Assessment of the probability of CAD based on chest2f), painaschar-
well as on results of the subsequent troponin measurement
acteristics, age, gender, CV risk factors, known CAD (atand13 h, if high-sensitivity assays are used). Echocardiography is
cardiac manifestations of atherosclerosis useful to identify abnormalities suggestive of myocardial ischaemia
or necrosis
12-lead ECG (to detect ST deviation or other abnormalities sug- (i.e. segmental hypokinesia or akinesia) and should be
gestive of myocardial ischaemia or necrosis) performed immediately in patients with haemodynamic instability
On the basis of these ndings, the patient can be assigned to one CVorigin.Ifaortic dissectionor pulmonaryembolism
of suspected
of is suspected, echocardiography, D-dimer assessment and CT
four working diagnoses: angiography should be implemented according to the respective
ESC guidelines.42,43 Rhythm monitoring up to 24 hours or
STEMI PCI (whichever comes rst) should be considered in NSTEMI pa-
NSTE-ACS with ongoing ischaemia or haemodynamictients at low risk for cardiac arrhythmias (i.e. with none of the fol-
NSTE-ACS without ongoing ischaemia or haemodynamic lowing criteria: haemodynamically unstable, major arrhythmias,
instability LVEF ,40%, failed reperfusion, additional critical coronary sten-
NSTE-ACS unlikely oses or complications related to PCI). Rhythm monitoring for
.24 hours
The treatment of patients with STEMI is covered in the respective should be considered in NSTEMI patients at intermedi-
ate to
ESC guidelines.1 The assignment to the category unlikely must be high-risk for cardiac arrhythmias (i.e. if one or more of the
done with caution, especially in patients with a specic condition, criteria are present).
such as the elderly and those with diabetes mellitus, and only
when another explanation is obvious. The initial treatment
should include nitrates (sublingual or i.v.) if there is persisting
ESC Guidelines 307
Step 3: Antithrombotic treatment
The choice of the antithrombotic regimen in NSTE-ACS should be
based on the selected management strategy (i.e. conservative vs.
in- daparinux, UFH must be added before PCI. In anticoagulant-naive
vasive) as well as the chosen revascularization modality
pa- (PCI vs.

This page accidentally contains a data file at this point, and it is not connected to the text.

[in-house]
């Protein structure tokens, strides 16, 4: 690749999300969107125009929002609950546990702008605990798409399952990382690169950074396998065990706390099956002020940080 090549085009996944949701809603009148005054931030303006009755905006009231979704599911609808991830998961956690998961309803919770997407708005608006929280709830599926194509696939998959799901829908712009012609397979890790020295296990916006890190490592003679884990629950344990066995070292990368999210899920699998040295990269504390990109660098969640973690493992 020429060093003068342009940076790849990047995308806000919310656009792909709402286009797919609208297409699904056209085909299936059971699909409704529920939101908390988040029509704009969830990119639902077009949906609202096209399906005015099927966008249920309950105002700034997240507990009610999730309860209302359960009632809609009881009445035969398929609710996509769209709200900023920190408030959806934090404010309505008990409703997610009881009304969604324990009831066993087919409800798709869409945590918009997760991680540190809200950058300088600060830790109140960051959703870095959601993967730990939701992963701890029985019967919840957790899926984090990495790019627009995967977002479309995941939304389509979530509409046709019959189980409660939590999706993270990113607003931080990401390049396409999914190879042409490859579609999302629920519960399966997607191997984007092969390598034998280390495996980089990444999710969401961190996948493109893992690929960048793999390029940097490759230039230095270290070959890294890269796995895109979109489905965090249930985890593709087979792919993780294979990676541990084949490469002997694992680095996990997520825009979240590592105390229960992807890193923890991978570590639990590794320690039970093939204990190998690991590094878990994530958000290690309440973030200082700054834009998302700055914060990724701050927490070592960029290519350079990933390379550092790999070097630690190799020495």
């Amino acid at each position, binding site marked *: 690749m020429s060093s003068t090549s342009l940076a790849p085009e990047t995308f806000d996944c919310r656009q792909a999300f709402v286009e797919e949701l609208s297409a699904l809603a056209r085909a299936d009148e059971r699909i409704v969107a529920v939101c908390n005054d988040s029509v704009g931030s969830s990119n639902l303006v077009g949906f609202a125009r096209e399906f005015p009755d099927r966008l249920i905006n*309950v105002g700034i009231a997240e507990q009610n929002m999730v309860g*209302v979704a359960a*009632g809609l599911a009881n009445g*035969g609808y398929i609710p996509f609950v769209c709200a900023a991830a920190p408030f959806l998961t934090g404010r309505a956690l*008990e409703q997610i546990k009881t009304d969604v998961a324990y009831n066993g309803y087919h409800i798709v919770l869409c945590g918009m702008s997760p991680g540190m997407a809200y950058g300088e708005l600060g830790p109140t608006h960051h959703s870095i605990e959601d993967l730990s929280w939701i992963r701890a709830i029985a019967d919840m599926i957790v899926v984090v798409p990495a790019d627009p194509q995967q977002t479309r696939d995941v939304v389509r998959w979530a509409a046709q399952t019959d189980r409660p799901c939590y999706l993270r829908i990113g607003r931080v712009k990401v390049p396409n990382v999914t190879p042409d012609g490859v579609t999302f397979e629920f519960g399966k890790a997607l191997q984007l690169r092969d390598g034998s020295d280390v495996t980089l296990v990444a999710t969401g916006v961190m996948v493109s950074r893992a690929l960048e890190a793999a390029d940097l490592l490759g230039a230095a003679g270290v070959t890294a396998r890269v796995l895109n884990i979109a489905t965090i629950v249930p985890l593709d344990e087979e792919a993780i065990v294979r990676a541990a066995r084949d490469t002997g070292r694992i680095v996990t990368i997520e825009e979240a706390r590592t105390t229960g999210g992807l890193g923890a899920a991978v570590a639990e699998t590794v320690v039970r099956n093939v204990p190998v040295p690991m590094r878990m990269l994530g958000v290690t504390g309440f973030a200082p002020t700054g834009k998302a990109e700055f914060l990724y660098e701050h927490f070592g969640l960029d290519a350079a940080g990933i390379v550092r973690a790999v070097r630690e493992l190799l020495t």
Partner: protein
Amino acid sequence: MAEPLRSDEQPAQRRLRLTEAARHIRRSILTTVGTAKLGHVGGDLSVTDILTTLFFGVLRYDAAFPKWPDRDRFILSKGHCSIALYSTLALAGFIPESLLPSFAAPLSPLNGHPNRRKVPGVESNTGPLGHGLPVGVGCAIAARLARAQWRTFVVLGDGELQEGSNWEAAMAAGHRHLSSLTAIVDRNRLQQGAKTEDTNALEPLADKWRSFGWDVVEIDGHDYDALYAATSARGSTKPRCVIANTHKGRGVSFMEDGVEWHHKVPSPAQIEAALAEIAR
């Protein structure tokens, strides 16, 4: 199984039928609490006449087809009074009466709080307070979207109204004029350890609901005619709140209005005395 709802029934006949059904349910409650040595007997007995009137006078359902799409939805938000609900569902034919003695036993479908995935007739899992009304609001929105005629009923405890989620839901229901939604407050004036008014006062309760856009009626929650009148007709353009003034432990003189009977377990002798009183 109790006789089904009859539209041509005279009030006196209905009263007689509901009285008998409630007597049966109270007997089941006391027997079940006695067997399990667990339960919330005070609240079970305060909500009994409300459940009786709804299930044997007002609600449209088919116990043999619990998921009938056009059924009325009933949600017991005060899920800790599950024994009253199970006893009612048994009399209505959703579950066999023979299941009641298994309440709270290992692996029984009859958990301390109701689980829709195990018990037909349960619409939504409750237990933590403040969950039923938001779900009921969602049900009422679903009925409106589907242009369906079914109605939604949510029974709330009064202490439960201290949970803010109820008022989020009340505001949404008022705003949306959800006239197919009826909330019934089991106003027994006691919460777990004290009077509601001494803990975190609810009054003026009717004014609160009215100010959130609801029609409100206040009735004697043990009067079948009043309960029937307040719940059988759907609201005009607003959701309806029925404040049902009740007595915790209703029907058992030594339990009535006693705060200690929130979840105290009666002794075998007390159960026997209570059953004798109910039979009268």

tients, consider bivalirudin. If CABG is planned and the patient is on
take into account patient age and renal function. Aspirin
a and
paren- P2Y12inhibitor,thisshouldbestoppedandsurgerydeferrediftheclin-
teral anticoagulation are recommended. In patients intended for a
ical conditionandtheangiographicndingspermit.Ifcoronaryangiog-
conservative treatment and not at high bleeding risk, ticagrelor
raphy shows no options for revascularization, owing to the extent
(pre- of
ferred over clopidogrel) is recommended once the NSTEMI diagno-
the lesions and/or poor distal run-off, freedom from angina should
sis is established. In patients intended for an invasive
be strategy,
the aimed for by intensifying medical therapy.
pidogrel) has not been adequately investigated, while Step 6: Hospital
prasugrel is discharge and
re- post-discharge management
commended only after coronary angiography prior toAlthough
PCI. in NSTE-ACS most adverse events occur in the early
phase, the risk for MI or death remains elevated over several
Step 4: Invasive strategy months. Intense risk factor modication and lifestyle changes are
warranted in all patients following NSTE-ACS, and enrolment in a
tion is recommended. Strategies to reduce bleeding cardiac rehabilitation programme after discharge can enhance pa-
tient adherence
related to PCI are summarised in Table 12. The timing of angiog- to the medical regimen, may be supportive of risk
factor modication and is associated with improved outcomes.
raphy (calculated from rst medical contact) can be classied into
four categories based on the risk prole of the individual patient ac-
cording to Table 13 and Figure 6. 8.Gaps in evidence
Immediate invasive strategy (<2 h). Paralleling the STEMI
The role of genetic testing to individualize treatment and ultim-
pathway, this strategy should be undertaken for patients with on-
ately improve patient outcomes remains to be established.
going ischaemia, characterized by at least one very-high-risk cri-
While both sensitive and high-sensitivity cardiac troponin assays
terion. Centres without ongoing STEMI programmes should
show superior diagnostic accuracy compared with conventional
transfer the patient immediately.
assays, it is unknown whether high-sensitivity assays provide a
Earlyinvasivestrategy(<24 h).Mostpatientsinthiscategory
clinically meaningful advantage over sensitive assays and